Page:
More on food stamps

Posted by Jeremy Shulkin

Today’s Yesterday’s Telegram had an article by the New England Center for Investigative Reporting on food stamp fraud. The article in a nutshell:

Daniels says electronic monitoring has been so effective that it has cut the annual rate of food stamp trafficking to an estimated 1 percent, or about $241 million, down from 3.8 percent 10 years earlier. That 1 percent figure touted by the government has remained constant despite an explosion in the number of food stamp recipients. From June 2008 to June 2009, the number of people receiving food stamps jumped by 22 percent because of the lingering nationwide economic crisis. By June 2010, nearly 41.3 million people were receiving food stamp benefits, an increase of almost 475,000 people from just one month earlier. Yet despite the phenomenal growth in the number of recipients, retail trafficking in food stamps remains at 1 percent, USDA officials said.

Burns, however, doubts that government claim. He said that it’s difficult to even conceive of a 1 percent trafficking rate in so vast a program as the $50 billion food stamp industry, where an estimated one out of every eight people is receiving food stamp benefits and more than 193,000 vendors are authorized to redeem them.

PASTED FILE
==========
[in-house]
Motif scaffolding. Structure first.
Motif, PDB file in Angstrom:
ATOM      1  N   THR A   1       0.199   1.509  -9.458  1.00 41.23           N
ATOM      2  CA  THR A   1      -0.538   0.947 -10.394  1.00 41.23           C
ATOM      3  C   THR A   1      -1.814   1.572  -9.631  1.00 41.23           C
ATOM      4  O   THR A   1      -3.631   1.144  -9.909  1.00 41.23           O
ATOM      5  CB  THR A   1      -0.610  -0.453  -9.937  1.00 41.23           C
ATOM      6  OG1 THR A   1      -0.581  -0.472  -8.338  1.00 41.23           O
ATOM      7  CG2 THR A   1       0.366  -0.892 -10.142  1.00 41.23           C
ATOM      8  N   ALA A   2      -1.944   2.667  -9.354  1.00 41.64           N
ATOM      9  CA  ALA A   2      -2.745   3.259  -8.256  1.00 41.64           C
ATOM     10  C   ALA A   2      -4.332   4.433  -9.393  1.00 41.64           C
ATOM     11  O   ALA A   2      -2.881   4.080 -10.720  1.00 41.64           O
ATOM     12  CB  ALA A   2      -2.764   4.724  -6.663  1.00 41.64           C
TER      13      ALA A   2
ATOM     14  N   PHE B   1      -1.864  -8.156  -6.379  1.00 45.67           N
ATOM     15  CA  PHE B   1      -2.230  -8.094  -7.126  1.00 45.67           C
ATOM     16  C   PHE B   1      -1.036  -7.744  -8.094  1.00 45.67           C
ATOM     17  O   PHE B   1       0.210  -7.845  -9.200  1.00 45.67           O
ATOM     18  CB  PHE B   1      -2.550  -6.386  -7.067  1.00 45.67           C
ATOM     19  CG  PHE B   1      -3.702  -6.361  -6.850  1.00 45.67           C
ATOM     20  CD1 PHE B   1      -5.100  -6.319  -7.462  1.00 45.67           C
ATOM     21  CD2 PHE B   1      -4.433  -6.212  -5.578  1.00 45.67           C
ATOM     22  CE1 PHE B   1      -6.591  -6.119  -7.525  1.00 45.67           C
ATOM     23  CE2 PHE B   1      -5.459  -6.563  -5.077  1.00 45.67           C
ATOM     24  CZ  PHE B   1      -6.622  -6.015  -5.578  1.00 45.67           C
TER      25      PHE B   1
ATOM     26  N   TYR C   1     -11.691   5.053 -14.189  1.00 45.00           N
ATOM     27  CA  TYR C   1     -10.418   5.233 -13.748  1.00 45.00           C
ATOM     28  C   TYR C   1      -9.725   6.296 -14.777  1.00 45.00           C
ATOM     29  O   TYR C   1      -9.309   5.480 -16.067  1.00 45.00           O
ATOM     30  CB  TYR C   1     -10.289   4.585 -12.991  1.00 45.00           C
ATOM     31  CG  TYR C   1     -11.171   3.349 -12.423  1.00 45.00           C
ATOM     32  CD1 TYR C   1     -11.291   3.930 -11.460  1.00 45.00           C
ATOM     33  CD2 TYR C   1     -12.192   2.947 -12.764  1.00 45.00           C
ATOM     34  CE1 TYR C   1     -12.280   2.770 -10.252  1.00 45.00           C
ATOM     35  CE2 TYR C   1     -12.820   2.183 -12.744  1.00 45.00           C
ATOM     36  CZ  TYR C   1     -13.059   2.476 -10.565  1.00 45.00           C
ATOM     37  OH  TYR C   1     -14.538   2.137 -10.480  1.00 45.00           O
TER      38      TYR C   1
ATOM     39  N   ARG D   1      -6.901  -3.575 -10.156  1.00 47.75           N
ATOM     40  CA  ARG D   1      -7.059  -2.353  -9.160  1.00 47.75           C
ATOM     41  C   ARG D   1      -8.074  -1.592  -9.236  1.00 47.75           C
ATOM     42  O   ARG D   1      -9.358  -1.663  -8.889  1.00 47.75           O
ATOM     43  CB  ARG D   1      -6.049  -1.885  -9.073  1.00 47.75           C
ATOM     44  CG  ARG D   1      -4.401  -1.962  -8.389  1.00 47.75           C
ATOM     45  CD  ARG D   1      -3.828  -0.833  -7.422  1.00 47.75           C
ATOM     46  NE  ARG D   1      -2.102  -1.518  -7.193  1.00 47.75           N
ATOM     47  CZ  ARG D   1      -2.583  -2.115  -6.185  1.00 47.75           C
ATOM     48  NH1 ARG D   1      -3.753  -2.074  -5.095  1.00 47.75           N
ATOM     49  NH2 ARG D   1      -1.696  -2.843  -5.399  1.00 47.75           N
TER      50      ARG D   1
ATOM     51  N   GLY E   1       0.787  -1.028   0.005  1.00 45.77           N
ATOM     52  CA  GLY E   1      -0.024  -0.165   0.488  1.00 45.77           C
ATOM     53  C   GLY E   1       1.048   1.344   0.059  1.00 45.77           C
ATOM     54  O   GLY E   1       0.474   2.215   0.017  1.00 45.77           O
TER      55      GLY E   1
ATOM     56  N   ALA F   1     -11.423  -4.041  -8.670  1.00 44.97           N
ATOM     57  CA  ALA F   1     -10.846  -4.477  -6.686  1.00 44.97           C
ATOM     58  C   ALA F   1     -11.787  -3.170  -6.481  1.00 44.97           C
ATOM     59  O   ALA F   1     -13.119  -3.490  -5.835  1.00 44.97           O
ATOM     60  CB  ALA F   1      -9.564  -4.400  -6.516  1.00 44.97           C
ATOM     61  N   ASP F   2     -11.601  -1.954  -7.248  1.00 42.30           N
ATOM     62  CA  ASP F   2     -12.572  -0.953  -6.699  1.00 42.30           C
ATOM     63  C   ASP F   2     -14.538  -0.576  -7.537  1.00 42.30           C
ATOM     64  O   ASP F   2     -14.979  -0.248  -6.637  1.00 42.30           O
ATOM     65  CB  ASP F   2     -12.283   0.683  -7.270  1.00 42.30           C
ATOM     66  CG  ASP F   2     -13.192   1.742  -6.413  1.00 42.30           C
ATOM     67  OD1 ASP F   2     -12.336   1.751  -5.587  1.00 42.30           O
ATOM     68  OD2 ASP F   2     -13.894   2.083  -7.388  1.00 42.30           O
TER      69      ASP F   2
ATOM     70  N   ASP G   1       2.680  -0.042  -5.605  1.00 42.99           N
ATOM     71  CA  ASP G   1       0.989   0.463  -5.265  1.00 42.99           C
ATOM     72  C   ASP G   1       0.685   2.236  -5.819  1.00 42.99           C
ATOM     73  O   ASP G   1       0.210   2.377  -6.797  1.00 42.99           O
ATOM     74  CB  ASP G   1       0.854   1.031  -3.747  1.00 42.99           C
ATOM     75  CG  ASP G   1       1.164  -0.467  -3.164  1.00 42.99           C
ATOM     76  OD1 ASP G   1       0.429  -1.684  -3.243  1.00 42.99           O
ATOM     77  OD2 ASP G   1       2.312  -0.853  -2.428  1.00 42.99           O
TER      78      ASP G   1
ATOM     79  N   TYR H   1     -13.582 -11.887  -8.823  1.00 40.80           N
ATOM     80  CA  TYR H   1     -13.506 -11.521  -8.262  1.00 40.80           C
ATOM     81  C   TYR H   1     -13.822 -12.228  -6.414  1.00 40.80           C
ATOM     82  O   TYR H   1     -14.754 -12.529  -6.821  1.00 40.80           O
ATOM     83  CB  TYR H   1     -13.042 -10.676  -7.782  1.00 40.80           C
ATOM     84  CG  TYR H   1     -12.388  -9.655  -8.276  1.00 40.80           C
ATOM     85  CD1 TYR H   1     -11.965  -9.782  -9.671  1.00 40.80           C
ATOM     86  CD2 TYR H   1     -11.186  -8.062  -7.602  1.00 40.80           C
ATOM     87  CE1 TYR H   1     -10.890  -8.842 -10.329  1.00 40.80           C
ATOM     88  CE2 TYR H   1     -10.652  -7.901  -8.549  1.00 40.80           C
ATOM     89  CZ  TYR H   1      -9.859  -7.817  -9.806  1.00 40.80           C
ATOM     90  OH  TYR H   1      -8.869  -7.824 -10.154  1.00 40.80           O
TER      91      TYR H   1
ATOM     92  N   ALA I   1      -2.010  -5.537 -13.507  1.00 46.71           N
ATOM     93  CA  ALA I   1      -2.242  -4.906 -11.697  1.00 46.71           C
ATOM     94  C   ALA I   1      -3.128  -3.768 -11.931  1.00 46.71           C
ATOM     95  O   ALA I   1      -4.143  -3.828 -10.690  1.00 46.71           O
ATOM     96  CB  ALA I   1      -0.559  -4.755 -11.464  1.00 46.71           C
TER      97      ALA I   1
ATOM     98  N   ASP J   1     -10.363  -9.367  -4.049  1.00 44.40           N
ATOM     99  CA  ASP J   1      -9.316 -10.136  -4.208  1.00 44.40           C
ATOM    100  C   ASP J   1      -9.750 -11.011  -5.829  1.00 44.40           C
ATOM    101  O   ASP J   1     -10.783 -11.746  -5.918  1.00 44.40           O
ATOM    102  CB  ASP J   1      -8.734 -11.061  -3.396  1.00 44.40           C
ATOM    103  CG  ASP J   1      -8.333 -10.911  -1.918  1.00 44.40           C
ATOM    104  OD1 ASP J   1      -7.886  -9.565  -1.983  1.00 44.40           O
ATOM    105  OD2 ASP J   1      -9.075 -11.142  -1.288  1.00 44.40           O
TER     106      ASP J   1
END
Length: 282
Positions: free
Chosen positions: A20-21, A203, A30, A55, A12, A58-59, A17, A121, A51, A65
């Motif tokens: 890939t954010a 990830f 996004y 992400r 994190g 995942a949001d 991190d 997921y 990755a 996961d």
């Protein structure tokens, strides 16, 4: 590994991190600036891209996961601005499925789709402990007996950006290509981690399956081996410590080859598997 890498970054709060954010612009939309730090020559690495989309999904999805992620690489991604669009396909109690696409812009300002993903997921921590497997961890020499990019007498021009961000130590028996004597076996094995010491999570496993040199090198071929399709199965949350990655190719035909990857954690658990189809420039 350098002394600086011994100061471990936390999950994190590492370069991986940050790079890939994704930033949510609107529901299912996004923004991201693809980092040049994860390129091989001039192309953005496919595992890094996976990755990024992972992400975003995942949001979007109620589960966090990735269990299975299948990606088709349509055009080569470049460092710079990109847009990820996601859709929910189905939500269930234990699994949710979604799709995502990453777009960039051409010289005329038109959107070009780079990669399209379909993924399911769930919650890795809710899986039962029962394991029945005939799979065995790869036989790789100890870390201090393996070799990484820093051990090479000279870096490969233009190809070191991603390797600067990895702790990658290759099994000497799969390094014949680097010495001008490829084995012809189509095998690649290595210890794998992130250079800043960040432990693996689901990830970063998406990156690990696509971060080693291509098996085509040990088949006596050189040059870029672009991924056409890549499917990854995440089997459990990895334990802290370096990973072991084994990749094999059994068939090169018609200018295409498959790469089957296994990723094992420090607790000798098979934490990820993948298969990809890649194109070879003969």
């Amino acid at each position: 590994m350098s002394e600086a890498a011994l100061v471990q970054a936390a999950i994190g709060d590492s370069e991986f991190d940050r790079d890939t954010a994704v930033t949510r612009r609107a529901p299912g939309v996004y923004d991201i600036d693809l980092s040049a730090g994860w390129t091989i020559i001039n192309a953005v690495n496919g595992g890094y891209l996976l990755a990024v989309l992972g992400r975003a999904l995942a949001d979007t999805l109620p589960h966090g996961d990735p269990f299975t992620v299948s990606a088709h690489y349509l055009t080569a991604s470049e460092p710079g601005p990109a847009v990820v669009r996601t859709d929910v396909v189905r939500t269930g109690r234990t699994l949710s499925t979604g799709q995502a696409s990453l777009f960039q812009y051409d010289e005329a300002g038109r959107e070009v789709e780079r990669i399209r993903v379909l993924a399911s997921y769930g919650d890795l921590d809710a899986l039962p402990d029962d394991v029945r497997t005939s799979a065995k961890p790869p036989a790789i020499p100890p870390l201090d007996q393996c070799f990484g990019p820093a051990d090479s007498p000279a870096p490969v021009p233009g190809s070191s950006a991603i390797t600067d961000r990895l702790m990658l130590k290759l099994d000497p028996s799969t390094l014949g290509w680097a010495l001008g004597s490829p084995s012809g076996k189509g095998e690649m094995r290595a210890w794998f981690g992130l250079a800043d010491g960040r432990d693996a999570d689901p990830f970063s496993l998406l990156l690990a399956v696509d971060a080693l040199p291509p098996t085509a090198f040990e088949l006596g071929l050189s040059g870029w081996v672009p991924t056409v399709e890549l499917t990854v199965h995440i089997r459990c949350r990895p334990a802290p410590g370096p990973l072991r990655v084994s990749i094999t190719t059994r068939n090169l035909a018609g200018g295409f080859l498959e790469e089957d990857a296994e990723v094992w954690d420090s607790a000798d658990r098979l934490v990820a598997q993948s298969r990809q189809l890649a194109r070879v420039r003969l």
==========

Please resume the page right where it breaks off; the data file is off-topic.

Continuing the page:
The line in there — the “explosion in the number of food stamp recipients” — isn’t much of a hyperbole.

In October MuckRock.com, a website devoted to aiding reporter and citizen’s public record requests, obtained statewide SNAP data* from the Department of Transitional Assistance which shows that food stamps can translate into big bucks.

Between financial years 2006 and 2009, according to the data, SNAP reimbursements grew from almost $240 million to almost $559 million, a 132 percent increase in just three years. The greatest increase occurred in the last year for which MuckRock had full data, financial year 2009, which saw a 39 percent spike in just one year.

Stores like Whole Foods, Wild Oats and Trader Joe’s have steadily tapped into the SNAP market. A Whole Foods in Brighton raked in $260,000 in 2009, while the Trader Joe’s in Shrewsbury pulled in $172,000 in 2009, versus nearly $39,000 in 2006. In today’s Telegram they’ve added partial 2010 data for Worcester County vendors. See their excel sheet here.

Statewide, in 2009 Worcester came in #5 in 2009 for SNAP spending, behind Springfield, Chicopee, Dorchester and Chelsea. In 2006 Worcester ranked 6th.

*MuckRock has actually gotten into some trouble for publishing these statistics after the Department of Transitional Assistance wrote that the information was “erroneously released” and called for its removal from the site. MuckRock has not complied with the request yet, and instead is keeping people informed here and here.

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2 Comments

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2 responses to “More on food stamps

  1. $240 to $559. Um…
    One out of every eight huh?
    Where can I sign up for food stamps?

    That’s what I like about you Jimbo – ya gotta mind like a steel trap.

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